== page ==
Attack surface reduction is a security technique that secures the operating system by removing the unnecessary code or features of a program. By restricting the system calls that programs can use, the system call sandbox is able to reduce the exposed attack surface of the operating system and prevent attackers from damaging it through vulnerable programs. Ideally, programs should only retain access to system calls they require for normal execution. Many researchers focus on adopting static analysis to automatically restrict the system calls for each program. However, these methods do not adjust the restriction policy along with program execution. Thus, they need to permit all system calls required for program functionalities.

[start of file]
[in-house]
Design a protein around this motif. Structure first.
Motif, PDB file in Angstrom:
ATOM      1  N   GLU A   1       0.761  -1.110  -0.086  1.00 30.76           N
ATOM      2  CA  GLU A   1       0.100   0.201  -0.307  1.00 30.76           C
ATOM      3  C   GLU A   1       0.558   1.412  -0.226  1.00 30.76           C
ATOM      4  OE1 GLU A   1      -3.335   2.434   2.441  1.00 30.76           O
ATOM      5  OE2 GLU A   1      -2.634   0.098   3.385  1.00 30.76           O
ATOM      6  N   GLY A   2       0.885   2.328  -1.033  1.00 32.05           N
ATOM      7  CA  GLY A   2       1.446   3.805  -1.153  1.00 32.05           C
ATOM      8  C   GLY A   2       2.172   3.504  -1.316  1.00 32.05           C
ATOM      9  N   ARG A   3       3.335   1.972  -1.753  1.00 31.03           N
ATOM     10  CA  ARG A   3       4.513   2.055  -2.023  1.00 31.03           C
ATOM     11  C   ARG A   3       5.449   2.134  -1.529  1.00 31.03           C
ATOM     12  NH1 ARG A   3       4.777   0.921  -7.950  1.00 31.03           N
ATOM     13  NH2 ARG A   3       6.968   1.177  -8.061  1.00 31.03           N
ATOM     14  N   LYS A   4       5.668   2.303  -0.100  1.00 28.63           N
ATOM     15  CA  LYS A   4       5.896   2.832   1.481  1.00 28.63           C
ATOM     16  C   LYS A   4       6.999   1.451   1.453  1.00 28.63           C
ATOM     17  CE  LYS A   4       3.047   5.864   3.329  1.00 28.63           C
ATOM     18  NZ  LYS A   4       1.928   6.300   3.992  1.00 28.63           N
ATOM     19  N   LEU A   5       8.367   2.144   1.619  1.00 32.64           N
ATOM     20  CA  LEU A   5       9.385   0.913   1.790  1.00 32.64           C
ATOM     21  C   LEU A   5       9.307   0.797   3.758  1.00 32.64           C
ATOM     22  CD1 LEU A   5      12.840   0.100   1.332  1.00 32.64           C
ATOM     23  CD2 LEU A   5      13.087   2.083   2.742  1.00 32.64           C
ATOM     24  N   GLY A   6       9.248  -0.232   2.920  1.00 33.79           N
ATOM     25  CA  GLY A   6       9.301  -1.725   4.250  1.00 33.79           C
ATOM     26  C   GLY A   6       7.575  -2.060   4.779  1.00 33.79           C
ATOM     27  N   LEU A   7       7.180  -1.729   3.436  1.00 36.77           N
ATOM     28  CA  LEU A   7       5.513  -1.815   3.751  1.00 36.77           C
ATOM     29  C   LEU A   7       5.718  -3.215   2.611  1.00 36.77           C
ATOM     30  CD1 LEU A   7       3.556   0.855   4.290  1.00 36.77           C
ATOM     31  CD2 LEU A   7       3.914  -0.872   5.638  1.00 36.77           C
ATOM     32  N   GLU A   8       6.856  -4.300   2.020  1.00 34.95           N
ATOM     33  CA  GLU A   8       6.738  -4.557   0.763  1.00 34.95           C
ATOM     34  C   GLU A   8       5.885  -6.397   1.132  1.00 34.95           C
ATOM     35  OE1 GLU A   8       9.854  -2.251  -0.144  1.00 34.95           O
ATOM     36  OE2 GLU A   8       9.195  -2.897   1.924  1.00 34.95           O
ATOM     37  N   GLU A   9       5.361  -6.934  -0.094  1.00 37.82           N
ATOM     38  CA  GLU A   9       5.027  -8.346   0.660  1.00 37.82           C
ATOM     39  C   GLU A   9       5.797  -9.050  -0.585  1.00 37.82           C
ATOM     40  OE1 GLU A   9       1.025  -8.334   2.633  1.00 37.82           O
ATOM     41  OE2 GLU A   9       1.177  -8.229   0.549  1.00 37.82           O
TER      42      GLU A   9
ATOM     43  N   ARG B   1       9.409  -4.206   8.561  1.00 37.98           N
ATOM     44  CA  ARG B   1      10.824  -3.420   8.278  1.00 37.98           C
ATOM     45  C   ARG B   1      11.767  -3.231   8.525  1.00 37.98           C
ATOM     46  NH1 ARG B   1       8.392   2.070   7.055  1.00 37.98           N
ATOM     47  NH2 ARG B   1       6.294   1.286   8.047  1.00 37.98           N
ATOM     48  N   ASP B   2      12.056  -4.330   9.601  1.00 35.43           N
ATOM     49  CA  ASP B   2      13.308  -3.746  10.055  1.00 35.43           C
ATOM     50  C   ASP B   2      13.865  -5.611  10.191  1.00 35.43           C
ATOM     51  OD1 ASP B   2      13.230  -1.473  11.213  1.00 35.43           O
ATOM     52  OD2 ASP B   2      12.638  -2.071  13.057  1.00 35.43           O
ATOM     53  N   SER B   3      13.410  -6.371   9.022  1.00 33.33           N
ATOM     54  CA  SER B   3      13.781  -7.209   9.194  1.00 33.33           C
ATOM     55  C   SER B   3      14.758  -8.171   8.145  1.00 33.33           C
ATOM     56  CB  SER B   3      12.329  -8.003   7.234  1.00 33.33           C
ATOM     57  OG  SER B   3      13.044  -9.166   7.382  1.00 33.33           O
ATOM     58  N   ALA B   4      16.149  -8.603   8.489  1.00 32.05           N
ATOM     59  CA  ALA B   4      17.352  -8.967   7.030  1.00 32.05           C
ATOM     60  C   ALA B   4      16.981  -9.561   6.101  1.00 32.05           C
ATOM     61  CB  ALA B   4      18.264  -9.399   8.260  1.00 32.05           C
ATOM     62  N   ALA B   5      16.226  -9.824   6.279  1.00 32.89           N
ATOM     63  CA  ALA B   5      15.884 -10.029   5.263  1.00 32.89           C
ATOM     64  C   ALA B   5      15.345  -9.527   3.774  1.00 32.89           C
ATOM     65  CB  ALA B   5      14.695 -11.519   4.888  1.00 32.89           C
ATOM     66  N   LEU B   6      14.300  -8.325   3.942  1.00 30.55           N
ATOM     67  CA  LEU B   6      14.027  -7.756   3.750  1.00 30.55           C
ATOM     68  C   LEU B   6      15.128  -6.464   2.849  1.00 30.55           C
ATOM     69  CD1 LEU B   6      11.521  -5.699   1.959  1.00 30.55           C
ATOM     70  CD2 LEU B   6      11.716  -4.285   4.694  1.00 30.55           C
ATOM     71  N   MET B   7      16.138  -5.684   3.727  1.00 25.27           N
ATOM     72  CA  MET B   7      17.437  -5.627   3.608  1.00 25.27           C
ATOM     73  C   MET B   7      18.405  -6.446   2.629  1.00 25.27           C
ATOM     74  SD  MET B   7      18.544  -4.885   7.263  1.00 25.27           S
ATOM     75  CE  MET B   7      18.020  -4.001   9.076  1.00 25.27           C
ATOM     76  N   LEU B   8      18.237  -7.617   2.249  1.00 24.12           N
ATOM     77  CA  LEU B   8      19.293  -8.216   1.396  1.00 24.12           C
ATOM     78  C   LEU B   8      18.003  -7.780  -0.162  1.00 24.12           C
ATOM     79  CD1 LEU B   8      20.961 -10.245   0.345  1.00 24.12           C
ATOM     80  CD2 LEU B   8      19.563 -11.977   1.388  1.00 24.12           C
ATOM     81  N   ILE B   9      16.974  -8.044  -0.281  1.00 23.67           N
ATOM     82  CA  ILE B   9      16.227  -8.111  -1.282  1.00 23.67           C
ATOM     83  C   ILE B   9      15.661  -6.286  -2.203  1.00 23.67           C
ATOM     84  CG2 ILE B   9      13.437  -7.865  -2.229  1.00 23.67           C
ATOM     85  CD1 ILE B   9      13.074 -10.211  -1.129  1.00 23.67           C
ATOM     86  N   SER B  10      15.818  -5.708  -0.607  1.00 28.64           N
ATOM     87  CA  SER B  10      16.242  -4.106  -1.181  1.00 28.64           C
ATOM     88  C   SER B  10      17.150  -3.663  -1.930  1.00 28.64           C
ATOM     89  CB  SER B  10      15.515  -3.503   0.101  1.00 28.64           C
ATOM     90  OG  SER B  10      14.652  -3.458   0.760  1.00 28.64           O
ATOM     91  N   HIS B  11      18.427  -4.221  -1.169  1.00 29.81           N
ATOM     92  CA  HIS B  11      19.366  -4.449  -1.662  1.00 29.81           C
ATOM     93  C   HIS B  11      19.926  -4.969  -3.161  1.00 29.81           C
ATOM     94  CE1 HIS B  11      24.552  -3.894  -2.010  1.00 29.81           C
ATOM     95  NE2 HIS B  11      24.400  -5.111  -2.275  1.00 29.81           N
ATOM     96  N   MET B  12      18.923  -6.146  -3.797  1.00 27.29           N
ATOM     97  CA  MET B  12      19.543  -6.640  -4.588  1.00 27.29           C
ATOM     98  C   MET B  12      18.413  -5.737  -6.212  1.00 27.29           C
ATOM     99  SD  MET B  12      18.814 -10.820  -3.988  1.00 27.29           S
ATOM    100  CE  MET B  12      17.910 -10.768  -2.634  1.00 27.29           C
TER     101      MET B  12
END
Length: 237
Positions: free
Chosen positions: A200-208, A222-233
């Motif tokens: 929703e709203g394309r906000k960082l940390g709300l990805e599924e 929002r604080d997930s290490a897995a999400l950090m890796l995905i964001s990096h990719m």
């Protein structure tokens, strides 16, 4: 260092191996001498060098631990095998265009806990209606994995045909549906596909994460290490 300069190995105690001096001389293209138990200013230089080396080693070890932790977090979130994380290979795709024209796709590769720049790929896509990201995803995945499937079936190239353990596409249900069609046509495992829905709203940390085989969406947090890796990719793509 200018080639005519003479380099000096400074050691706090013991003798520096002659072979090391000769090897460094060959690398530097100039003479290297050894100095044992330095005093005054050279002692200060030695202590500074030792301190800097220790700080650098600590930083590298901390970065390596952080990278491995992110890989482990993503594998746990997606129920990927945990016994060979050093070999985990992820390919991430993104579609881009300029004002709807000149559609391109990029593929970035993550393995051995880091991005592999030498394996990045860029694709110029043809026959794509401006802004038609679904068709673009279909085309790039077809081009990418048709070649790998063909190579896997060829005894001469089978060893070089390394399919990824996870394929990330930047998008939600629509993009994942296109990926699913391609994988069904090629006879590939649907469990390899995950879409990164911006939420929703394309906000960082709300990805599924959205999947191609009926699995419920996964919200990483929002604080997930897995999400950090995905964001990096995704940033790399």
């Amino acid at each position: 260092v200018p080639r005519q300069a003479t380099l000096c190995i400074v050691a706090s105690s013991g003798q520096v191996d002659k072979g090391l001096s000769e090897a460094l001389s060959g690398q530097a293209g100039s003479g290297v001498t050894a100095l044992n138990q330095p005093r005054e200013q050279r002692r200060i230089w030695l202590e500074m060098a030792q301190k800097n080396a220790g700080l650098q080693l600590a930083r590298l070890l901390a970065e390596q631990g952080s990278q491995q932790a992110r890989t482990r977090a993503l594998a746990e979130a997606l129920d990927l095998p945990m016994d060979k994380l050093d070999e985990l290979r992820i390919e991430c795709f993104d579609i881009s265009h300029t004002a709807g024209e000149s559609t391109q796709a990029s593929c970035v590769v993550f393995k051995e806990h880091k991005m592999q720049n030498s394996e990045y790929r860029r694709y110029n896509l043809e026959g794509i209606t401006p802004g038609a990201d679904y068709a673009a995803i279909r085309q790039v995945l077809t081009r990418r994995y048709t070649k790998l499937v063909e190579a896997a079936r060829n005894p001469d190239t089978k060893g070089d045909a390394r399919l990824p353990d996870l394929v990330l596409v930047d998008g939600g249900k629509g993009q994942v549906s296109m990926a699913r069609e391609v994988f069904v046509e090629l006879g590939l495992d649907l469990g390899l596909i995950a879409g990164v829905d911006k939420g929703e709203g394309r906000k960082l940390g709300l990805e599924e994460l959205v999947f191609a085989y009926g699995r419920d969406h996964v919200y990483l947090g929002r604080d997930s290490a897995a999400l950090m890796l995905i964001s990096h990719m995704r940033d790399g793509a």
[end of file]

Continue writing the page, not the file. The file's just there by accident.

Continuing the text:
We observe that some system calls, especially security-sensitive ones, are used a few times in certain stages of a program's execution and then never used again. This motivates us to minimize the set of required system calls dynamically. In this paper, we propose \Model, which gradually disables access to unnecessary system calls throughout the program's execution. To accomplish this, we utilize partial order analysis to transform the program into a partially ordered graph, which enables efficient identification of the necessary system calls at any given point during program execution. Once a system call is no longer required by the program, \Model can restrict it immediately. To evaluate \Model, we applied it to seven widely-used programs with an average of 615 KLOC, including web servers and databases. With partial order analysis, \Model restricts an average of 23.50, 16.86, and 15.89 more system calls than the state-of-the-art Chestnut, Temporal Specialization, and the configuration-aware sandbox, C2C, respectively. For mitigating malicious exploitations, on average, \Model defeats 83.42% of 1726 exploitation payloads with only a 5.07% overhead.
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